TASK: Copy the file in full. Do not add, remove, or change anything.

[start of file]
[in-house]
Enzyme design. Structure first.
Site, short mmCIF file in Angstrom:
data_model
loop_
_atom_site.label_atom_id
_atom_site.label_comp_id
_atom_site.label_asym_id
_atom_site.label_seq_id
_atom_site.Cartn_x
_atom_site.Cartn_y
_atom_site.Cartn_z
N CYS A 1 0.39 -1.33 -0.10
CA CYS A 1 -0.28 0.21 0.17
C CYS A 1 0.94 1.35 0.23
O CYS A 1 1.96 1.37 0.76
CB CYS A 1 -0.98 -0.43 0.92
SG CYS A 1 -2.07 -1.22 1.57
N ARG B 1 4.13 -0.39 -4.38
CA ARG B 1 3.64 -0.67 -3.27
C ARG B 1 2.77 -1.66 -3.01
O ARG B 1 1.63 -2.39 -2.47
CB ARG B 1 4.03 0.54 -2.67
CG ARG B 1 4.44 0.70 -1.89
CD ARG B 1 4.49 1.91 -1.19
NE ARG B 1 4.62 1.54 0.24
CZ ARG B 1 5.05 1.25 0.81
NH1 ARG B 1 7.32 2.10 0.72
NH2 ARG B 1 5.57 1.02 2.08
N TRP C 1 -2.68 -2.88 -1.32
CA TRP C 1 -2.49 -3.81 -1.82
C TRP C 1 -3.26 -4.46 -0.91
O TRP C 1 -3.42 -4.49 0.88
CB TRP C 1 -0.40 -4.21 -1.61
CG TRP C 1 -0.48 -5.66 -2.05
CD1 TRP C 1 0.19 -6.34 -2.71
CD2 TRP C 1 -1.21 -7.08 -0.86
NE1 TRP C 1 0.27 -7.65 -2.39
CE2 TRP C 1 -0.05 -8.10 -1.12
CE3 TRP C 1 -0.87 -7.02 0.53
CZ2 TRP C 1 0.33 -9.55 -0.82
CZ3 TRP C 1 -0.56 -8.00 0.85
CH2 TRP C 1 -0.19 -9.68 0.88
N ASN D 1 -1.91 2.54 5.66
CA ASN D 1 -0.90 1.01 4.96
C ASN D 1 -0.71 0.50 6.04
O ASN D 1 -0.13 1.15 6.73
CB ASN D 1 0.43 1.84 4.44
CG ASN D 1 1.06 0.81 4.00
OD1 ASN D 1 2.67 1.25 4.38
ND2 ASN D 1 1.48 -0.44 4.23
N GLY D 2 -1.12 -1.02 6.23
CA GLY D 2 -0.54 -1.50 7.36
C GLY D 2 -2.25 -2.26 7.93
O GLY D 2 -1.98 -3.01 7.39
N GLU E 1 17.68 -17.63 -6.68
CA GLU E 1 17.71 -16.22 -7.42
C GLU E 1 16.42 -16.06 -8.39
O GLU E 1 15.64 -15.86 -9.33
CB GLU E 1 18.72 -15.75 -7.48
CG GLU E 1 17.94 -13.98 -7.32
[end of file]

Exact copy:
[in-house]
Enzyme design. Structure first.
Site, short mmCIF file in Angstrom:
data_model
loop_
_atom_site.label_atom_id
_atom_site.label_comp_id
_atom_site.label_asym_id
_atom_site.label_seq_id
_atom_site.Cartn_x
_atom_site.Cartn_y
_atom_site.Cartn_z
N CYS A 1 0.39 -1.33 -0.10
CA CYS A 1 -0.28 0.21 0.17
C CYS A 1 0.94 1.35 0.23
O CYS A 1 1.96 1.37 0.76
CB CYS A 1 -0.98 -0.43 0.92
SG CYS A 1 -2.07 -1.22 1.57
N ARG B 1 4.13 -0.39 -4.38
CA ARG B 1 3.64 -0.67 -3.27
C ARG B 1 2.77 -1.66 -3.01
O ARG B 1 1.63 -2.39 -2.47
CB ARG B 1 4.03 0.54 -2.67
CG ARG B 1 4.44 0.70 -1.89
CD ARG B 1 4.49 1.91 -1.19
NE ARG B 1 4.62 1.54 0.24
CZ ARG B 1 5.05 1.25 0.81
NH1 ARG B 1 7.32 2.10 0.72
NH2 ARG B 1 5.57 1.02 2.08
N TRP C 1 -2.68 -2.88 -1.32
CA TRP C 1 -2.49 -3.81 -1.82
C TRP C 1 -3.26 -4.46 -0.91
O TRP C 1 -3.42 -4.49 0.88
CB TRP C 1 -0.40 -4.21 -1.61
CG TRP C 1 -0.48 -5.66 -2.05
CD1 TRP C 1 0.19 -6.34 -2.71
CD2 TRP C 1 -1.21 -7.08 -0.86
NE1 TRP C 1 0.27 -7.65 -2.39
CE2 TRP C 1 -0.05 -8.10 -1.12
CE3 TRP C 1 -0.87 -7.02 0.53
CZ2 TRP C 1 0.33 -9.55 -0.82
CZ3 TRP C 1 -0.56 -8.00 0.85
CH2 TRP C 1 -0.19 -9.68 0.88
N ASN D 1 -1.91 2.54 5.66
CA ASN D 1 -0.90 1.01 4.96
C ASN D 1 -0.71 0.50 6.04
O ASN D 1 -0.13 1.15 6.73
CB ASN D 1 0.43 1.84 4.44
CG ASN D 1 1.06 0.81 4.00
OD1 ASN D 1 2.67 1.25 4.38
ND2 ASN D 1 1.48 -0.44 4.23
N GLY D 2 -1.12 -1.02 6.23
CA GLY D 2 -0.54 -1.50 7.36
C GLY D 2 -2.25 -2.26 7.93
O GLY D 2 -1.98 -3.01 7.39
N GLU E 1 17.68 -17.63 -6.68
CA GLU E 1 17.71 -16.22 -7.42
C GLU E 1 16.42 -16.06 -8.39
O GLU E 1 15.64 -15.86 -9.33
CB GLU E 1 18.72 -15.75 -7.48
CG GLU E 1 17.94 -13.98 -7.32